A Middle Eastern Jesus and Why it Matters [Part I]


A Middle Eastern Jesus and Why it Matters [Part I]

“The Christ of history is the Christ of faith” is a rightly accepted evangelical affirmation in response to the Quest for the Historical Jesus in the academy. God the Son – the second person of the Holy Trinity – took on humanity as Jesus of Nazareth who lived, died, and rose from the grave over 2000 years ago. According to Paul’s appeal in 1 Corinthians 15, the historical credibility of Christ life, death, and resurrection is essential to an abiding faith, the integrity of the gospel, and Christian eschatological hopes. History matters. And salvation history – namely Jesus’ particularity as a man in Ancient Palestine “in the fullness of time” – is not a negligible factor to what Christians believe. Here are a couple of reasons why the historical Jesus is essential to Christian faith and how a denial of this Jesus distorts Christian theology.

Son of Man – Son of David

For the common Bible reader, genealogies tend to serve more as a cure for insomnia rather than an essential component to Christology. However those who get lost in the abundance of names and doubt the significance of genealogies to the biblical narrative, forget that every man who “begets” the next ties the historical thread of God’s plan for redemption together. The New Testament picks up on this genealogical tradition in the Gospels of Matthew and Luke – showing that the Messiah was expected and his ancestry matters – for at least two reasons. (1) The promises of God for redemption were predicated upon the fact that the Messiah be the “seed of a woman” (Genesis 3:15). Jesus could not have been a creature less than humanity, so he had to share in our nature, yet without sin, for “what has not been assumed cannot be redeemed”. Any common man or woman would not suffice – it had to be a Son of Adam. (2) Scriptures attests to a God who keeps covenants and whose word never returns void. The Messiah had to be from a particular ethnic group and family lineage as the Son of David according to biblical prophecy (2 Samuel 7:16, Galatians 3:16, Isaiah 11:1-2).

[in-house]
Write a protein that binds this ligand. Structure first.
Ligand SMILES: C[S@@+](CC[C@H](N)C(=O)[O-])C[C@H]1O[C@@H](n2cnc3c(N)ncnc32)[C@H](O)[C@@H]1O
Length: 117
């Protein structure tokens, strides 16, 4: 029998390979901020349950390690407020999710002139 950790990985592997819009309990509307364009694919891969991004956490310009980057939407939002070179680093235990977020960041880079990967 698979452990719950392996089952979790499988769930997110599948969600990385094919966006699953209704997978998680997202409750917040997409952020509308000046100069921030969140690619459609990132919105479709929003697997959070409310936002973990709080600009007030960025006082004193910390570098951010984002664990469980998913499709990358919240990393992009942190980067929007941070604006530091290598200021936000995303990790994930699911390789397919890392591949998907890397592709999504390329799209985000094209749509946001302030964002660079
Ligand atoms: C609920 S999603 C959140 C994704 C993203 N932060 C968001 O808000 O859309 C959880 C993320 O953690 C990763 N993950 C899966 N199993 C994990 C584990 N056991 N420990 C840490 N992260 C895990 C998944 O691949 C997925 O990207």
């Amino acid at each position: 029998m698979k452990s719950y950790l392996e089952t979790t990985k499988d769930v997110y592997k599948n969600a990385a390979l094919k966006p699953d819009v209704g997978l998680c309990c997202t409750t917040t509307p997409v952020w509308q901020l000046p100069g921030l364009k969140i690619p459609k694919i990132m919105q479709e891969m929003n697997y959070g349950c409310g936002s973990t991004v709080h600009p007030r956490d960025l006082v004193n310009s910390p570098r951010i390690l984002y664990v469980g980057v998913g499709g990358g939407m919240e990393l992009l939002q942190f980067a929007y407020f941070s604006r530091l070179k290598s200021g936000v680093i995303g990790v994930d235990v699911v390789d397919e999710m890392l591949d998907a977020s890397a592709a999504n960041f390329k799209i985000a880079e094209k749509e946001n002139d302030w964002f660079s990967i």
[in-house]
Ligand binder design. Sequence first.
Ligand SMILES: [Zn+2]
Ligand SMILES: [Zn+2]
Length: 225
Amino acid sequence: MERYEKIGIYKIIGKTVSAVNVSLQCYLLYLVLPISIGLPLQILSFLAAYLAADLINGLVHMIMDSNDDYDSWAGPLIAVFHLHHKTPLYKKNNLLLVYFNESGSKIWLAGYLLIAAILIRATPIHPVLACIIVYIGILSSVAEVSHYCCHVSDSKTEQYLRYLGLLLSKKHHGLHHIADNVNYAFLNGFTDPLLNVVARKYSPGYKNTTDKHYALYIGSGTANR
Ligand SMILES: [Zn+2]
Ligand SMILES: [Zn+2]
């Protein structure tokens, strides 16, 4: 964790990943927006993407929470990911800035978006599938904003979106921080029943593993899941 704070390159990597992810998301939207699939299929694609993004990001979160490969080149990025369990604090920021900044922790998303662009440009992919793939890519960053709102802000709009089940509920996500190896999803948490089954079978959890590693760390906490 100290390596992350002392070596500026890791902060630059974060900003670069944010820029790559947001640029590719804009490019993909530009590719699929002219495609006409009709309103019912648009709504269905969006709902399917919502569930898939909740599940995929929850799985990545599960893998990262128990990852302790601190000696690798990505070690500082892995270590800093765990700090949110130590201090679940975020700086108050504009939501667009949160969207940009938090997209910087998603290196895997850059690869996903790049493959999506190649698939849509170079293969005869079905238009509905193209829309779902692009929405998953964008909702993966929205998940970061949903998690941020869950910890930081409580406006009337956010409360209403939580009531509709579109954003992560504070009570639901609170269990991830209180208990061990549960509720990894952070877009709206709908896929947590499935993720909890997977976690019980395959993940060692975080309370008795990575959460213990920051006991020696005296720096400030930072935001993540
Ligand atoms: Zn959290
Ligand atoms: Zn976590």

What makes the Docetic (i.e. gnostic) heresies of the early centuries of the Church reprehensible is that they claimed that creation was evil – when God said “it was good”. They also undercut the truth above that an actual flesh and blood Son of Adam – the prophesied Son of David would be the Messiah. Any Christological position that subverts the historical particularities of Christ fails the litmus test of biblical theology and ignores the genealogical bridge from eternity past to that Holy Night in Bethlehem.

The Image of God – The Image of Man

Humanity was created in the image of God, and despite the Fall this truth remains. When God became a man, he accomplished what was necessary for man to be redeemed. Therefore, Jesus is “the firstborn among many brothers” and is as “our elder brother” – the perfect image of God (Romans 8:29; Hebrews 2:10-12). Jesus is perfect humanity and “Christlikeness” is the aim of Christian discipleship, so how Christ is depicted – whether in a paintings or mental pictures – envisages the goal of Christian maturity.

A recent uptick in conversations surrounding the question “Is Christianity a White Man’s Religion?” – a longstanding question asked by minority communities, can largely be attributed to the historical precedent of images of a white Jesus that have often been wed to ethnocentric ideologies. A white Jesus has served more than aesthetic ends but supports a historical and theological inaccuracy and a potentially distorted Christology. Christians who don’t fit the white Jesus image are then judged by their proximity to whiteness, based on skin color and cultural norms – functioning within a society that has normalized being white as the prototype imago dei and Christlikeness. Most evangelical Christians would affirm that the Bible contains an accurate account of the historical Jesus in the Gospels. So the concept of white Jesus – in its denial of the historical/biblical necessity of the Middle Eastern Jesus – appears to at least tacitly deny the historical/biblical Jesus. Jesus’ humanity is inextricably linked to his historical identity and to caste him in a white face should not be an acceptable option for biblical Christianity.

Although taking on the particularities of being a Jew in the Middle East (skin color, hair, size, etc.) – the Son of God became a man that is for all people to follow. The image of Christ all Christians are to conform to does not need white skin in order to be universal.